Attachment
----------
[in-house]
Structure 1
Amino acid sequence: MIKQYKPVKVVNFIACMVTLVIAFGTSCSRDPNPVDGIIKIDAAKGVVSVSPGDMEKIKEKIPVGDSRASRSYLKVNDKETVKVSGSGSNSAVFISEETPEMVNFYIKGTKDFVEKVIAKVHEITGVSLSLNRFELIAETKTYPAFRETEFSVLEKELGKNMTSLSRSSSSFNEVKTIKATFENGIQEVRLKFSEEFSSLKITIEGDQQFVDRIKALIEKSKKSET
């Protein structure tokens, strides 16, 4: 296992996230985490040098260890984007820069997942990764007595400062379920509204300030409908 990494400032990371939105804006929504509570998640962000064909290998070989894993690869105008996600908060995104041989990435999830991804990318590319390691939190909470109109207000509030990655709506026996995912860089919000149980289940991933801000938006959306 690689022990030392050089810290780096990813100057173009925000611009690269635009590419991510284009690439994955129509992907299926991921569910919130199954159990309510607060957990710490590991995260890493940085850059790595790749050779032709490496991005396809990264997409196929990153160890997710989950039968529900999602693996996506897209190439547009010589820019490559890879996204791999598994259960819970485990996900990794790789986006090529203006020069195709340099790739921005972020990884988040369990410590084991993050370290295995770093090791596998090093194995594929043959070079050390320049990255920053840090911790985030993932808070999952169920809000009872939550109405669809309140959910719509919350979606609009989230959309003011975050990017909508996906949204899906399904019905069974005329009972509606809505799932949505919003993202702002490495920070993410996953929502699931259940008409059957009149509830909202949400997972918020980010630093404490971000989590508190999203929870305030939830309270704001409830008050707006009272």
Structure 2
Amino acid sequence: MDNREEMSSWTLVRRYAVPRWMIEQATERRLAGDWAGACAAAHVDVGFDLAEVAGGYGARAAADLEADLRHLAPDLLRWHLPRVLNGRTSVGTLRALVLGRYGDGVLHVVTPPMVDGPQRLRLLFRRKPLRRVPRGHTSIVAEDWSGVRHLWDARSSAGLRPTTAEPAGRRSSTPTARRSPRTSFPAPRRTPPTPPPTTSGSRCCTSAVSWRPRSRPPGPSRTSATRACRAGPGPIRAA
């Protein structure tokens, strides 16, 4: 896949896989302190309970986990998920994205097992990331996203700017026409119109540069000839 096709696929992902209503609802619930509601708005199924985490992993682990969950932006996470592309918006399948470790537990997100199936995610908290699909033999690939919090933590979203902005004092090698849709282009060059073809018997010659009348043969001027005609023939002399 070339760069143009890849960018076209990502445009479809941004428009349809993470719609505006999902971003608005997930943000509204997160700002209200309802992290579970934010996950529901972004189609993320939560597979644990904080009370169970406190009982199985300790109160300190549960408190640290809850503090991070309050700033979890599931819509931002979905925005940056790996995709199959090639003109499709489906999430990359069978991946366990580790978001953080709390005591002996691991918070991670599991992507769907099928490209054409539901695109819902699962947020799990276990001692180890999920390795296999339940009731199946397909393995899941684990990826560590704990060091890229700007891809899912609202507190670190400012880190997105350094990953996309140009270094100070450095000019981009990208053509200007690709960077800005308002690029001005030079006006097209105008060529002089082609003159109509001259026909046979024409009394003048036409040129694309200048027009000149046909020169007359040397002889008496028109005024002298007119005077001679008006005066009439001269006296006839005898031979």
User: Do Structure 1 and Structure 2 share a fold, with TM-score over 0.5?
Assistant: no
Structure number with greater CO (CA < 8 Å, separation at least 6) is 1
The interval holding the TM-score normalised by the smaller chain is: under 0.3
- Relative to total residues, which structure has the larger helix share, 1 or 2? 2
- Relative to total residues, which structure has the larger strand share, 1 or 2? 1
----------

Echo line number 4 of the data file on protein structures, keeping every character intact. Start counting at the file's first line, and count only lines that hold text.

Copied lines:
């Protein structure tokens, strides 16, 4: 296992996230985490040098260890984007820069997942990764007595400062379920509204300030409908 990494400032990371939105804006929504509570998640962000064909290998070989894993690869105008996600908060995104041989990435999830991804990318590319390691939190909470109109207000509030990655709506026996995912860089919000149980289940991933801000938006959306 690689022990030392050089810290780096990813100057173009925000611009690269635009590419991510284009690439994955129509992907299926991921569910919130199954159990309510607060957990710490590991995260890493940085850059790595790749050779032709490496991005396809990264997409196929990153160890997710989950039968529900999602693996996506897209190439547009010589820019490559890879996204791999598994259960819970485990996900990794790789986006090529203006020069195709340099790739921005972020990884988040369990410590084991993050370290295995770093090791596998090093194995594929043959070079050390320049990255920053840090911790985030993932808070999952169920809000009872939550109405669809309140959910719509919350979606609009989230959309003011975050990017909508996906949204899906399904019905069974005329009972509606809505799932949505919003993202702002490495920070993410996953929502699931259940008409059957009149509830909202949400997972918020980010630093404490971000989590508190999203929870305030939830309270704001409830008050707006009272």